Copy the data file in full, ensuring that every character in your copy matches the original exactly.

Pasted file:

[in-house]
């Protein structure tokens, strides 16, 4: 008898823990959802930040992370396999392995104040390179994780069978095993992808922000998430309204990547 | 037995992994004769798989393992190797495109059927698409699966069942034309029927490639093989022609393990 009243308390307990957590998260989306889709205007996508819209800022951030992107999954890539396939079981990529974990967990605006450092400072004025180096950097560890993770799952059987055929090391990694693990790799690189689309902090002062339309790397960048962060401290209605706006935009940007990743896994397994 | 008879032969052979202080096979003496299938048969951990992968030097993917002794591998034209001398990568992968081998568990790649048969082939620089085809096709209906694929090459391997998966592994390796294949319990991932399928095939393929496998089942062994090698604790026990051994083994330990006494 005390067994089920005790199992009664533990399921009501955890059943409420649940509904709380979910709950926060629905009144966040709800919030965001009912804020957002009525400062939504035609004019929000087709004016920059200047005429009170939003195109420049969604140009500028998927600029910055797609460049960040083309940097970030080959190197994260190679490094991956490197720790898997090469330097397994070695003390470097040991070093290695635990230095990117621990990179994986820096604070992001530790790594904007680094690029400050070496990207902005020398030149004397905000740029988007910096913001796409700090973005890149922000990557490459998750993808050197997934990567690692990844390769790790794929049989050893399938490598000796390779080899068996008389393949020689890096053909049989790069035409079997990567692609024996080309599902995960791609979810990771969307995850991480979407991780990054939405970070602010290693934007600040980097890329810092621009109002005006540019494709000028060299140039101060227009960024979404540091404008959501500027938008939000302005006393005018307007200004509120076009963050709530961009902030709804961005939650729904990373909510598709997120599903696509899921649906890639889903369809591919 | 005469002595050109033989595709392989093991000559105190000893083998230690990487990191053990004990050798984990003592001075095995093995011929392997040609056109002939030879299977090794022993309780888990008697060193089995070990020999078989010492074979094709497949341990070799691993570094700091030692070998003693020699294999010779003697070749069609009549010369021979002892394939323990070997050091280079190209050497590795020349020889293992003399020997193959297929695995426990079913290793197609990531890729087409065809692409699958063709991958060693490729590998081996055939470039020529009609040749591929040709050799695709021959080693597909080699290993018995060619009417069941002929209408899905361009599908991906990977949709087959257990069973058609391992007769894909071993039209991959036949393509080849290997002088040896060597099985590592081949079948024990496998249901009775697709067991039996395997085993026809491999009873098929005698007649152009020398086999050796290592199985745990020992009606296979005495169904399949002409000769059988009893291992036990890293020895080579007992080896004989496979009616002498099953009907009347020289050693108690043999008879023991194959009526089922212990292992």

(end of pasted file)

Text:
[in-house]
């Protein structure tokens, strides 16, 4: 008898823990959802930040992370396999392995104040390179994780069978095993992808922000998430309204990547 | 037995992994004769798989393992190797495109059927698409699966069942034309029927490639093989022609393990 009243308390307990957590998260989306889709205007996508819209800022951030992107999954890539396939079981990529974990967990605006450092400072004025180096950097560890993770799952059987055929090391990694693990790799690189689309902090002062339309790397960048962060401290209605706006935009940007990743896994397994 | 008879032969052979202080096979003496299938048969951990992968030097993917002794591998034209001398990568992968081998568990790649048969082939620089085809096709209906694929090459391997998966592994390796294949319990991932399928095939393929496998089942062994090698604790026990051994083994330990006494 005390067994089920005790199992009664533990399921009501955890059943409420649940509904709380979910709950926060629905009144966040709800919030965001009912804020957002009525400062939504035609004019929000087709004016920059200047005429009170939003195109420049969604140009500028998927600029910055797609460049960040083309940097970030080959190197994260190679490094991956490197720790898997090469330097397994070695003390470097040991070093290695635990230095990117621990990179994986820096604070992001530790790594904007680094690029400050070496990207902005020398030149004397905000740029988007910096913001796409700090973005890149922000990557490459998750993808050197997934990567690692990844390769790790794929049989050893399938490598000796390779080899068996008389393949020689890096053909049989790069035409079997990567692609024996080309599902995960791609979810990771969307995850991480979407991780990054939405970070602010290693934007600040980097890329810092621009109002005006540019494709000028060299140039101060227009960024979404540091404008959501500027938008939000302005006393005018307007200004509120076009963050709530961009902030709804961005939650729904990373909510598709997120599903696509899921649906890639889903369809591919 | 005469002595050109033989595709392989093991000559105190000893083998230690990487990191053990004990050798984990003592001075095995093995011929392997040609056109002939030879299977090794022993309780888990008697060193089995070990020999078989010492074979094709497949341990070799691993570094700091030692070998003693020699294999010779003697070749069609009549010369021979002892394939323990070997050091280079190209050497590795020349020889293992003399020997193959297929695995426990079913290793197609990531890729087409065809692409699958063709991958060693490729590998081996055939470039020529009609040749591929040709050799695709021959080693597909080699290993018995060619009417069941002929209408899905361009599908991906990977949709087959257990069973058609391992007769894909071993039209991959036949393509080849290997002088040896060597099985590592081949079948024990496998249901009775697709067991039996395997085993026809491999009873098929005698007649152009020398086999050796290592199985745990020992009606296979005495169904399949002409000769059988009893291992036990890293020895080579007992080896004989496979009616002498099953009907009347020289050693108690043999008879023991194959009526089922212990292992």